Nine: Your Life Has Changed but Your Check Has Not Changed

Changes to your check don’t happen by magic. Some people think Social Security will always send them the correct amount of money and if their life changes their check will just magically adjust to the correct amount. No, no, no. You must make the magic happen. SSI checks will often go up or down because of marriage, divorce, separation, starting working, stopping working, or change in household income.

Ten: Social Security Made a Mistake

If SSI ever lowers your check, and you don’t agree or don’t understand why, you have the right to appeal within 60 days. A regular disability lawyer will not help you with this situation. Your local nonprofit low-income legal aid center may help. However, you do not need a lawyer, you can just send in a request for reconsideration form. If that doesn’t work, don’t give up, you can appeal. If SSI is continuing to make a mistake with your check, contact your Congressperson. They may be able to help.


Learn the Regs

SSI Regulations can be confusing and difficult to find and understand! Many people break the regulations simply because they do not know what they are. I am gathering them together here: All the SSI Regs


Bonus Ideas

Social Security won’t tell you that you can do these things, but you can! You have to call and make an appointment and request them:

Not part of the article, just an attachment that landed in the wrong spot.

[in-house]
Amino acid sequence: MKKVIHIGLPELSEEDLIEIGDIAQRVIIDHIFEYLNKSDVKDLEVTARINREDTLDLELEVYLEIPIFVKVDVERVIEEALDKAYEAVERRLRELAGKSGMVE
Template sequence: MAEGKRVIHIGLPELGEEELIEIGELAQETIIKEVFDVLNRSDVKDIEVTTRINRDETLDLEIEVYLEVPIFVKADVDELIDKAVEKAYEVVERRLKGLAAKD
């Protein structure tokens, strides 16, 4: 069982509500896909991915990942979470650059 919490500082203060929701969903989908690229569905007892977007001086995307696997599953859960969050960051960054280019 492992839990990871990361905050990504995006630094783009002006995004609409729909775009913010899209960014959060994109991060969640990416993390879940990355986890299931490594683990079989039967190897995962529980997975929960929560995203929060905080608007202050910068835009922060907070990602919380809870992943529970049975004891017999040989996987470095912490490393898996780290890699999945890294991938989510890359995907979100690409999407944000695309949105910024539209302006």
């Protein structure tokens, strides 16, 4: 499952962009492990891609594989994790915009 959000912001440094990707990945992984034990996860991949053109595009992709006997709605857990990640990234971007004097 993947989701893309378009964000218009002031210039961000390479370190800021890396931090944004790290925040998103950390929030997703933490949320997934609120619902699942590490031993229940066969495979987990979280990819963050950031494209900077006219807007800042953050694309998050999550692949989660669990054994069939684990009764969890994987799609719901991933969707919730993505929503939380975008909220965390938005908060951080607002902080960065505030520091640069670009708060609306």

💛 If you first became disabled before the age of 22, when one of your parents dies, retires, or becomes disabled, you may be able to collect Social Security off your parent’s income record. In some cases: bigger check!

💛 If you are widowed, starting at age 50, you may be able to collect widow’s benefits. That is not a typo, if you are disabled it starts at age 50. In some cases: bigger check!

💛 If you are divorced from someone who died, starting at age 50, you may be able to collect widow’s benefits. In some cases: bigger check!

💛 If you are married or divorced, in some cases you may be able to collect spousal benefits instead of your own benefits. Don’t do this at age 62, wait and do it when you reach full retirement age. Social Security will usually do this for you automatically, but not always. In some cases: bigger check!


It’s a Mystery!

If you don’t know why your check was lowered, you can contact your caseworker at Social Security and ask if they can help you by explaining why your check is not currently at maximum SSI. Make sure to let them know you are not requesting a new SSI interview right now, you are just asking them to explain to you the last decision that was made. You want to figure out what the problem is before requesting a new interview.

It is best to talk directly to your caseworker. Ask to speak to the person who handles your case, or to speak with a Service Representative who specializes in SSI. Do not ask the random person who answers the phone or stands behind the ticket window or you may be told something weird. If you speak directly with your caseworker, there is a better chance you will get an accurate answer, but definitely not guaranteed.

If you spoke with your caseworker but you are still having trouble understanding what is going on with your SSI check, you can post below or check out this page on How to Escape the Information Black Hole

After you talk to your caseworker, you will know why your check is low, but you may not know if there is anything that will change your check. Unless you read this: Things that Can Make an SSI Check Go Up or Down